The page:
Scholars who think about monsters have long noted that vampires and zombies reveal something to us about ourselves and about our humanity. And during AMC’s “The Walking Dead” Season 5 finale, viewers will have an opportunity to ponder life during a post-apocalyptic world.
Flashing back to an earlier season, though, a profound scene captured the existential quandary that survivors face in an upside-down world. During an episode in the second season, a herd of “walkers” (read: zombies) had just destroyed Hershel Greene’s family farm, where his family and Rick Grimes and his people had managed to establish a community free of flesh-eating zombies.
Standing on the highway, crowded by abandoned cars and rotting corpses, Hershel urges Rick to find a safe place for his son Carl. But Rick turns to Hershel — a self-professed Christian — and responds, “You’re a man of God. Have some faith.” Hershel replies, “I can’t profess to understand God’s plan. Christ promised the resurrection of the dead. I just thought he had something a little different in mind.”
Hershel’s sentiments reflect an obvious reality: The resurrection of the dead means something entirely different in the biblical texts than it does in the context of a zombie-infested, post-apocalyptic Georgia.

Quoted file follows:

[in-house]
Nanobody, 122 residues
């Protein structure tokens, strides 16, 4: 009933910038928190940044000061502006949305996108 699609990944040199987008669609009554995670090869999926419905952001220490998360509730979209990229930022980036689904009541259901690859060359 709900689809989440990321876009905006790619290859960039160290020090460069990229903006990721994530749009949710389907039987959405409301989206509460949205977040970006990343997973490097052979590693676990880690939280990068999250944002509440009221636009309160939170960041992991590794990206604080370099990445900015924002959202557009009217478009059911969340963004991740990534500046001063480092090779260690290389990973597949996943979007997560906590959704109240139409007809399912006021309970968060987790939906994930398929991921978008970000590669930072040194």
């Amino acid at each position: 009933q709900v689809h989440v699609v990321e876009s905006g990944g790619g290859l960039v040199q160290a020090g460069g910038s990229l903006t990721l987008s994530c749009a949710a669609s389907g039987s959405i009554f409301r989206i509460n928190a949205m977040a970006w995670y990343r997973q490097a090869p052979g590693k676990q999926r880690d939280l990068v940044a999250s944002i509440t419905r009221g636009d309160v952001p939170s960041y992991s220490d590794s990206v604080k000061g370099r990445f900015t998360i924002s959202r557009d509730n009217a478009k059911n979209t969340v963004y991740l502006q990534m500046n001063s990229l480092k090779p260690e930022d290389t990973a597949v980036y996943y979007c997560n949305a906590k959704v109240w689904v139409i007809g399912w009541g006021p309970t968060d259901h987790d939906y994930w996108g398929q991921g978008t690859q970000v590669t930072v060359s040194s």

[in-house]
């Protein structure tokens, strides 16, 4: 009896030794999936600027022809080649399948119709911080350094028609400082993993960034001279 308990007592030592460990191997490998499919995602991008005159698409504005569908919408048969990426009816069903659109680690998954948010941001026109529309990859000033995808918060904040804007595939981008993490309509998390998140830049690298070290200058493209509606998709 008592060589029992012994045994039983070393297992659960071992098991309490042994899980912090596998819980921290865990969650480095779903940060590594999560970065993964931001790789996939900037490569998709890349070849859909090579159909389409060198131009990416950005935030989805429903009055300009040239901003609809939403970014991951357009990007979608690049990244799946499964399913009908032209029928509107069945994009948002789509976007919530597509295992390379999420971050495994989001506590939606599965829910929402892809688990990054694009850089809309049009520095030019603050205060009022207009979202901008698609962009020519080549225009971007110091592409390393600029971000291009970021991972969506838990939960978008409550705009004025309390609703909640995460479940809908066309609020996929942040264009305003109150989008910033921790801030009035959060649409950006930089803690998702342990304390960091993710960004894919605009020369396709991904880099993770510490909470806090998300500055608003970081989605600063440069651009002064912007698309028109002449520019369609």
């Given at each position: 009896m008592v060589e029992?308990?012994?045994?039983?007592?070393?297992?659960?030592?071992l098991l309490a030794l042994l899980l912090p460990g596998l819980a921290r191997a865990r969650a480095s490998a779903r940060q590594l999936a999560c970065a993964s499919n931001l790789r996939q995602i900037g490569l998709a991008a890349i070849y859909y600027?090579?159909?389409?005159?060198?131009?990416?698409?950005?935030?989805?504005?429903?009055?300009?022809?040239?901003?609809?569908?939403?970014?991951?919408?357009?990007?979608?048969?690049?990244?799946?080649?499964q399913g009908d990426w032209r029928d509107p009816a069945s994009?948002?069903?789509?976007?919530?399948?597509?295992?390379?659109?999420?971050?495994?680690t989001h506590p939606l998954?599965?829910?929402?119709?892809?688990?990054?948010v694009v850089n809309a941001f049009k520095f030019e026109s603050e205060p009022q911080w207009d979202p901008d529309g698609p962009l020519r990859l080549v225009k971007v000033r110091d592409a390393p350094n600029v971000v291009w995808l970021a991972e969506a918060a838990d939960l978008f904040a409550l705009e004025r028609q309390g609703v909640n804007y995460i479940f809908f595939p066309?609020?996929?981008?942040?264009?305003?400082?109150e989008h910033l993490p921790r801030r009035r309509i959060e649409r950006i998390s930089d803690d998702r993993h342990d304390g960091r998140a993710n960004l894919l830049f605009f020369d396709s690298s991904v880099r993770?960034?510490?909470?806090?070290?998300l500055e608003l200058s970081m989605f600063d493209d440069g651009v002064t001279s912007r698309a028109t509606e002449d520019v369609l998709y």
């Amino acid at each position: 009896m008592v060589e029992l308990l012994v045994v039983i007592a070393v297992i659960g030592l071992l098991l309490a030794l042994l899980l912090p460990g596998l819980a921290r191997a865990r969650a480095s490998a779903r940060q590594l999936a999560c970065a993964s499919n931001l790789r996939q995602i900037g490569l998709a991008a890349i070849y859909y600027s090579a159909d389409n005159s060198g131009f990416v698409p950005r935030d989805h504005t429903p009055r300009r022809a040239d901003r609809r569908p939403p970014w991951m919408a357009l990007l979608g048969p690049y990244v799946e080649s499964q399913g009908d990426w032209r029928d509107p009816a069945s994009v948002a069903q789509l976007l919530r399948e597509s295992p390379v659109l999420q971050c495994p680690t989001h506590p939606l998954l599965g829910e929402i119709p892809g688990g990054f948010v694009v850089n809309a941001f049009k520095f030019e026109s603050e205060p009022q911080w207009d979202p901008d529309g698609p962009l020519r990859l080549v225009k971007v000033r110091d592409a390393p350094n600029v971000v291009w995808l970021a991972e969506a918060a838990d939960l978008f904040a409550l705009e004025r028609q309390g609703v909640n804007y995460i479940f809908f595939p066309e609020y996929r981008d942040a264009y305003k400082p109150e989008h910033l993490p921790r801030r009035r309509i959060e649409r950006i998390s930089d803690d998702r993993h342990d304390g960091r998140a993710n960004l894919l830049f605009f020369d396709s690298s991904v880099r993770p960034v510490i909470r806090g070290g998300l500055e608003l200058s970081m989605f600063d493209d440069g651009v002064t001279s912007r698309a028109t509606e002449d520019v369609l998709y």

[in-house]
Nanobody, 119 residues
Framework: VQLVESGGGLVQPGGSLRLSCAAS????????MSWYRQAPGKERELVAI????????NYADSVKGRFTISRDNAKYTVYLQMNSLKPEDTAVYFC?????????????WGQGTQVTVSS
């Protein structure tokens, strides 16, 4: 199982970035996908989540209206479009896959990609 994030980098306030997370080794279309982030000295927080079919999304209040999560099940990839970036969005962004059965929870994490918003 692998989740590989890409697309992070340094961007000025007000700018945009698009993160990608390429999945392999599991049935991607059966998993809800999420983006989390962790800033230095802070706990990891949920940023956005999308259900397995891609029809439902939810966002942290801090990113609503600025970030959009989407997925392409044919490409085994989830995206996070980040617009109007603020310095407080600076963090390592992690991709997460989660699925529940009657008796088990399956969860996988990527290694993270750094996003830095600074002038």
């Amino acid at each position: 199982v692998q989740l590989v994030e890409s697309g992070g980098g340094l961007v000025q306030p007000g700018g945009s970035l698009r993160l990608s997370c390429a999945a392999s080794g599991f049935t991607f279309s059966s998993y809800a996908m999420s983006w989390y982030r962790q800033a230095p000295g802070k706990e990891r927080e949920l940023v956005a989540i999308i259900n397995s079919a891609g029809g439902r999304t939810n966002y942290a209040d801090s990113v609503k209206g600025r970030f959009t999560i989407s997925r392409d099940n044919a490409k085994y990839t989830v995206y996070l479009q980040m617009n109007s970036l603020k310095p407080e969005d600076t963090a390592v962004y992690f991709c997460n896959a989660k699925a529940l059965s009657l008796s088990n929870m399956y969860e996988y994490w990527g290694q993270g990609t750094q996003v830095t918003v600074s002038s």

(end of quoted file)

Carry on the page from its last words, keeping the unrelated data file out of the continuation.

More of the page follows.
Sure, the book of Ezekiel brings to life a valley of dried bones (Ezekiel 37), the book of Daniel promises that “many of those who sleep in the dust of the earth shall awake, some to everlasting life, and some to shame and everlasting contempt” (Daniel 12:2), and Jesus revives Lazarus from the dead (John 11). Most famously, all four gospel accounts say that Jesus appeared in resurrected form following his death.
Still, there are no almost-but-not-quite human monsters hungering for flesh in the Bible. Neither Lazarus nor Jesus, nor any other biblical character, is a zombie. The idea of a zombie (in the Western brain-eating sense) dates long after the worlds of the Hebrew Bible and the New Testament. A zombie, after all, is a word that derives from a specific historical context — slavery and colonization, especially in Haiti — and a different religious tradition — voodoo— than either the religion of Jesus or the religious tradition that emerges from his followers.
To read Murphy’s entire article in the Washington Post, click HERE.